The groundbreaking HerediGene: Children’s Study – the world’s largest DNA mapping effort ever to be undertaken in kids – has more than 1,000 children signed up to participate in its first year.
Launched in late 2020 by Intermountain Healthcare, The HerediGene: Children’s Study aims to collect and analyze 50,000 DNA samples of children. The goal of the study is to help understand and work on future treatments and possible cures for genetic disorders, based on the unique DNA sequences.
Information from the study will be used to help the team of researchers and physicians to better understand genetic diseases, which can be devastating and often fatal, in children, and research new ways to diagnose and treat them.
"The genomic information we are studying is critical for discovering the causes of disease, understanding the risks, and finding treatments to keep people healthy,” said Josh Bonkowsky, MD, PhD, professor of pediatrics at University of Utah Health and director of Primary Children’s Center for Personalized Medicine.
“The discoveries from the Heredigene: Children’s Study will transform the treatments and care for children. That’s why our team has worked to make it as easy as possible for children and adults to participate. Children or adults don’t even need to be patients and can walk in without an appointment or any scheduling. There are no pre-requirements, and there is no cost or charge. If they want, children can even choose a cheek swab instead of a blood draw.”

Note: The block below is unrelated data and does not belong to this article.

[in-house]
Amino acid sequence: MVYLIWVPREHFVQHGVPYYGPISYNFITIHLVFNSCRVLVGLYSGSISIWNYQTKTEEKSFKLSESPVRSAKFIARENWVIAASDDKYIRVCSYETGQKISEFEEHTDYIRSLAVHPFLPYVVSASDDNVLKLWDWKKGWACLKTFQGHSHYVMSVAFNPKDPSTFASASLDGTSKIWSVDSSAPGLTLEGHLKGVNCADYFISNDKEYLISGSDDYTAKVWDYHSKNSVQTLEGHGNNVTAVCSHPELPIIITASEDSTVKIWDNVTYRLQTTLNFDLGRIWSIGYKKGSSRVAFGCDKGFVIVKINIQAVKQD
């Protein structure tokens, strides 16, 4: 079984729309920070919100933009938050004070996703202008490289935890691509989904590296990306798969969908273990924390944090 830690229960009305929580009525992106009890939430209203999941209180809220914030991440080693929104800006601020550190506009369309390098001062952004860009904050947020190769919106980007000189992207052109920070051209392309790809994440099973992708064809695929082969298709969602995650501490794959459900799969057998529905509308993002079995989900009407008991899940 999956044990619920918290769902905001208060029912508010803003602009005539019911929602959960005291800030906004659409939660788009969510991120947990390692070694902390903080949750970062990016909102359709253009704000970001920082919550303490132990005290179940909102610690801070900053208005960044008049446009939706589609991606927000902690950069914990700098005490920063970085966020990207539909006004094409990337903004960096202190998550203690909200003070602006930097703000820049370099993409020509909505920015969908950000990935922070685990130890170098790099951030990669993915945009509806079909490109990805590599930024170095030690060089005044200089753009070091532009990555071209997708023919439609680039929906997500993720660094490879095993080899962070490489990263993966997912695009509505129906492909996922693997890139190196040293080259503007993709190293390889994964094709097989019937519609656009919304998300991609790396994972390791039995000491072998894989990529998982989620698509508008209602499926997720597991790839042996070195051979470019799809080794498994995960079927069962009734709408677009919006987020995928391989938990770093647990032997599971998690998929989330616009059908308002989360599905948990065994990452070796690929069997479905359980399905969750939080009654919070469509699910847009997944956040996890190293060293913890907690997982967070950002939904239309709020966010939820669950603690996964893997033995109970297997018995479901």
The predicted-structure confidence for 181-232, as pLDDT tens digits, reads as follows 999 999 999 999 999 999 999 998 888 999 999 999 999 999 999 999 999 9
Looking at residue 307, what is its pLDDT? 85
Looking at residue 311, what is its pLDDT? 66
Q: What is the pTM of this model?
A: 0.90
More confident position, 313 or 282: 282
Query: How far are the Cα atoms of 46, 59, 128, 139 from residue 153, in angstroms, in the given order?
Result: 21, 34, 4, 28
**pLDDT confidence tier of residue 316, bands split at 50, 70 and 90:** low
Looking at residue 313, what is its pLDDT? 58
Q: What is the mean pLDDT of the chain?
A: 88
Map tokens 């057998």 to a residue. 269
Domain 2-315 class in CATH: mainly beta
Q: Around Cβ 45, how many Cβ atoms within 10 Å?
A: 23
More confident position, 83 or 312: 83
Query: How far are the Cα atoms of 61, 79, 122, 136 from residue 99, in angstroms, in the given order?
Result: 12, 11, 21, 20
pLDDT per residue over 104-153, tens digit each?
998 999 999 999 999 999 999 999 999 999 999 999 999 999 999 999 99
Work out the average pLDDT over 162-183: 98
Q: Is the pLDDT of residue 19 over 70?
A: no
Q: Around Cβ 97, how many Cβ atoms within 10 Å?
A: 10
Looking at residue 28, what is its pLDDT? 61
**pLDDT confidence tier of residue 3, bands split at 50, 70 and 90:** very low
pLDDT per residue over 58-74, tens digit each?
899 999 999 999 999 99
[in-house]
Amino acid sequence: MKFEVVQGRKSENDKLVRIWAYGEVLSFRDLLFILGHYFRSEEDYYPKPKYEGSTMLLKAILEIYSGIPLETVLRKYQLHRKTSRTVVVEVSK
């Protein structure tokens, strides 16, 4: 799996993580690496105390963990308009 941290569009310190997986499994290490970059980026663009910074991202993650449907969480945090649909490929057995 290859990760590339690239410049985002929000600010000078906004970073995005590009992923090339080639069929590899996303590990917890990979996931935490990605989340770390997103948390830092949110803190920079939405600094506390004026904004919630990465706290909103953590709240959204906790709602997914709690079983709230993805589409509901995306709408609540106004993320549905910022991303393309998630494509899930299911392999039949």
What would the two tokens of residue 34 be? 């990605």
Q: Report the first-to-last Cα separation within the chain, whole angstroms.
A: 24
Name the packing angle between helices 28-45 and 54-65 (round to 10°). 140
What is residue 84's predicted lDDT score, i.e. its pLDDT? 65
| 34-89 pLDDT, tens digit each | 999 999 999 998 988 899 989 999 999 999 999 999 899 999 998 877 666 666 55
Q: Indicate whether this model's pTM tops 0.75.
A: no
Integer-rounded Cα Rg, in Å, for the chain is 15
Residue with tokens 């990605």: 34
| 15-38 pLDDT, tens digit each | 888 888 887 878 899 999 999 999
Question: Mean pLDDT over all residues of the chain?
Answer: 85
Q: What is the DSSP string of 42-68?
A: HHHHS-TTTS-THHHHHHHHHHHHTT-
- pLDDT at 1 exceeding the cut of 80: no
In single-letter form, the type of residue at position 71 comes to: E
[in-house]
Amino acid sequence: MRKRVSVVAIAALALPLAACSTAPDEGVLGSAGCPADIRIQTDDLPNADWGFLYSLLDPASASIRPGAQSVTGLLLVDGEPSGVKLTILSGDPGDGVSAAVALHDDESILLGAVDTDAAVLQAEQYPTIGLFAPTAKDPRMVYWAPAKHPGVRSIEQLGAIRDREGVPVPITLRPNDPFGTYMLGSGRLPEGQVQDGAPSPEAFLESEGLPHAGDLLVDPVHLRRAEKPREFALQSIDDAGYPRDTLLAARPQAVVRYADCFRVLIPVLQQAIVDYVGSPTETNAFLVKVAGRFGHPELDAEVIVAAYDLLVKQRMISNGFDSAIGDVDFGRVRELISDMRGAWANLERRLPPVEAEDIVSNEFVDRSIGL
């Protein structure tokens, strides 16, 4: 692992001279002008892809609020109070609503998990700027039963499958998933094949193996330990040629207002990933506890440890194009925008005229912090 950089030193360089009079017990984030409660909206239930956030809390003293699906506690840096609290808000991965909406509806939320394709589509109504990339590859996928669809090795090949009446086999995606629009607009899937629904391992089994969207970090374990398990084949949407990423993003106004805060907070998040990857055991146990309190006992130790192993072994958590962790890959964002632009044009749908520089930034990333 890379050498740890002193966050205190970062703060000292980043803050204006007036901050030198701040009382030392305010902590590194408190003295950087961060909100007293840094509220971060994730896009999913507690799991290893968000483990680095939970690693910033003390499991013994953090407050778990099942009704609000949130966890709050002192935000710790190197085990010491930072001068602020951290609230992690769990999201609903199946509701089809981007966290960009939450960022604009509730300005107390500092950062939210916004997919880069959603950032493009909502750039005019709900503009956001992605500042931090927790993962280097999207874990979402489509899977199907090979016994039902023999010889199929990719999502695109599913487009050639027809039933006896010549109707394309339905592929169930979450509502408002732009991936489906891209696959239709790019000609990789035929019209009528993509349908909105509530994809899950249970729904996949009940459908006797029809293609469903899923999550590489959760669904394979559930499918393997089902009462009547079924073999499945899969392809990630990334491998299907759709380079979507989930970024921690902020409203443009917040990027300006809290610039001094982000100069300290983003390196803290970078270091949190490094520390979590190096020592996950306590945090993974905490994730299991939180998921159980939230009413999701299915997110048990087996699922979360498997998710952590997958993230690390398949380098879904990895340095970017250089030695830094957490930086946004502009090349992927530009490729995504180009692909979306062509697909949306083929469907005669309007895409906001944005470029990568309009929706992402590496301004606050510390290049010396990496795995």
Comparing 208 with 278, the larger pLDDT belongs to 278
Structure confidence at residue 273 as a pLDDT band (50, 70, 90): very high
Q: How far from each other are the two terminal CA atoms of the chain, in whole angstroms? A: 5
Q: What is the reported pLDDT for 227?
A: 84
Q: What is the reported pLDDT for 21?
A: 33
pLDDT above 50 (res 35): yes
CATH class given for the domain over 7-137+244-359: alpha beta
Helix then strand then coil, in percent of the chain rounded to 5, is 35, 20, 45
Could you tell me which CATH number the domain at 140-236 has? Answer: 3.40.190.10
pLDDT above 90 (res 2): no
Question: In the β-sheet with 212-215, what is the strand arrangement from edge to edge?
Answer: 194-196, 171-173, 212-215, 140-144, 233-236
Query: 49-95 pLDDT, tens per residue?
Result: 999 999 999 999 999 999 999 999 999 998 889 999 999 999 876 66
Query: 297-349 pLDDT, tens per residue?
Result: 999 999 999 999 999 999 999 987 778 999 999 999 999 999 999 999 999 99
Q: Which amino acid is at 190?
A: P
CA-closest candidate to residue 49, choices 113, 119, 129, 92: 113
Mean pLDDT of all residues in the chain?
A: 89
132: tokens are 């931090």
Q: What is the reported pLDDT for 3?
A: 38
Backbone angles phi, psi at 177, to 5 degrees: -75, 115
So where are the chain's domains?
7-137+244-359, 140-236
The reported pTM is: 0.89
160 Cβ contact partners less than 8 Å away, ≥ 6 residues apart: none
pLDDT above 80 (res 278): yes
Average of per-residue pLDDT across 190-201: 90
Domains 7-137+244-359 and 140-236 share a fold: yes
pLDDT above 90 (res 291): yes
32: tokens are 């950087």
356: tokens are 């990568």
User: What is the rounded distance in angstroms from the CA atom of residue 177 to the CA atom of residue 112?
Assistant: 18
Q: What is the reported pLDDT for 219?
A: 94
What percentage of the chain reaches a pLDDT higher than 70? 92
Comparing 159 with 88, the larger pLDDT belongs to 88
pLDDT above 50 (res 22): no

The Center for Personalized Medicine is a collaboration between Primary Children’s Hospital, Intermountain Precision Genomics, and pediatric specialists and researchers at University of Utah Health.
This innovative children’s study is part of HerediGene: Population Study, a major global initiative led by Intermountain Precision Genomics to collect samples from 500,000 participants and discover new connections between genetics and human disease.
Launched in June 2019, the collaboration between Intermountain Healthcare and deCODE genetics represents the largest and most comprehensive DNA mapping effort in the United States from a single population.
“We believe the HerediGene: Children’s Study, along with the HerediGene: Population Study, will help children and families avoid the worst complications of disease and help to develop treatments for previously difficult-to-treat conditions,” said Lincoln Nadauld, MD, PhD, principal investigator for HerediGene and chief of precision health and academics for Intermountain Healthcare. “At its very core, the study will help to protect the health of future generations.”
Participants in the study and their medical information will be de-identified to ensure anonymity before it is utilized in research to help medical professionals better understand the human genome. A small percentage of participants, including children, will have the option to receive their genetic results report, if a clinically significant gene mutation is identified.
For more information, visit HerediGene.org/Children.